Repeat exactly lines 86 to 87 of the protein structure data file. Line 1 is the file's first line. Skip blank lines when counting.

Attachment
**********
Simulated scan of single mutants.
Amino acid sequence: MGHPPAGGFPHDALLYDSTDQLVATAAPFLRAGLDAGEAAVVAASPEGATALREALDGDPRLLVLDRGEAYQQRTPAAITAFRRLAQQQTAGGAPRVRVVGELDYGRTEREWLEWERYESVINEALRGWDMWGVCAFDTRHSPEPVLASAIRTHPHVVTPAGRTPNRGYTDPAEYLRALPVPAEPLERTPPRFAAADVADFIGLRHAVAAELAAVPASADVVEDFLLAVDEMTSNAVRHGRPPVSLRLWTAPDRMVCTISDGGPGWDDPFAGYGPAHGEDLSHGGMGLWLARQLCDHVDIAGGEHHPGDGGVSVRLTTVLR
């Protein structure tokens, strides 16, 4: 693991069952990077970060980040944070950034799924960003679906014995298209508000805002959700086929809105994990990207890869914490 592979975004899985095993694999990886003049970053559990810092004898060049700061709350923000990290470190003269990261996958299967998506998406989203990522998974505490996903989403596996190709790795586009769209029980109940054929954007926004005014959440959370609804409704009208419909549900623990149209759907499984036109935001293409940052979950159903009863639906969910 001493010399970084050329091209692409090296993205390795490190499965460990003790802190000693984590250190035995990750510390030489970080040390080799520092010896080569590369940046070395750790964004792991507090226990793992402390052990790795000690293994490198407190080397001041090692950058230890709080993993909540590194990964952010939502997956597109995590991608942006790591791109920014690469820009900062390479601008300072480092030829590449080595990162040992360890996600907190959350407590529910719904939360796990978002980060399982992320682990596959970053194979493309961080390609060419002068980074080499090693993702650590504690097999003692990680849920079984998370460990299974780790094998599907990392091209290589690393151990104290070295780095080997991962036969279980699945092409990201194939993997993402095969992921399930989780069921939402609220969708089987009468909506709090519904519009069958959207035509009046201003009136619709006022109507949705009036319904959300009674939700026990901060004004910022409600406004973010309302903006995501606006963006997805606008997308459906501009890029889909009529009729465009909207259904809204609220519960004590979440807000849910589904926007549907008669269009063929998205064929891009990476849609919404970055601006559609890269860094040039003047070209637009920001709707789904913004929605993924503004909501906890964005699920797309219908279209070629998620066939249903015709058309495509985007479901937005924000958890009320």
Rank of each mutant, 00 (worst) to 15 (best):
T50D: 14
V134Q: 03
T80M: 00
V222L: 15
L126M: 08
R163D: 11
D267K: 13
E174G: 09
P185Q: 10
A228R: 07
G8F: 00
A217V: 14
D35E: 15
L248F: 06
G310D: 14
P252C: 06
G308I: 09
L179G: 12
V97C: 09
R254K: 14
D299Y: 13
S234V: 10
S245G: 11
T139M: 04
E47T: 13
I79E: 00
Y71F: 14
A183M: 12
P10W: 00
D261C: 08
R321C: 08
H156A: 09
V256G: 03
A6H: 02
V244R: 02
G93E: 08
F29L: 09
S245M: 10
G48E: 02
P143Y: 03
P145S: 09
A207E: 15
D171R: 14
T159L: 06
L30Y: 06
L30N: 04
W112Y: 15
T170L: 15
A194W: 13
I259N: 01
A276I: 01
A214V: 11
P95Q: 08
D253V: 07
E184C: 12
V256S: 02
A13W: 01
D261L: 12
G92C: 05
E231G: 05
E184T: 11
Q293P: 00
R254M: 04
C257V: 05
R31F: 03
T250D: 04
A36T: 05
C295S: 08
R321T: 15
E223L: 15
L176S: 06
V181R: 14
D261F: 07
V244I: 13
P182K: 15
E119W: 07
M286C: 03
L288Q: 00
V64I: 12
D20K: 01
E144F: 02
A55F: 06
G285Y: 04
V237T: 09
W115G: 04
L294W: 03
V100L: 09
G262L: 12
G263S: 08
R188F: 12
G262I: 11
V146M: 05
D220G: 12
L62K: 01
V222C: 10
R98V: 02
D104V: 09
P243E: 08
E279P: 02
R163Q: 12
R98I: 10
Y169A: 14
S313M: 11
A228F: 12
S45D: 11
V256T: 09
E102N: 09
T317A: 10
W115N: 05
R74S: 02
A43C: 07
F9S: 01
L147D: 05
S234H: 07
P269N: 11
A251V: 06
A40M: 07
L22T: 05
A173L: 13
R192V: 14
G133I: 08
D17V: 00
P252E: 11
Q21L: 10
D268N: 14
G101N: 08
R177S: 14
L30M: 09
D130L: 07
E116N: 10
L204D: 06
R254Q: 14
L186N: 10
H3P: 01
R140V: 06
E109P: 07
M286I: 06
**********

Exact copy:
A55F: 06
G285Y: 04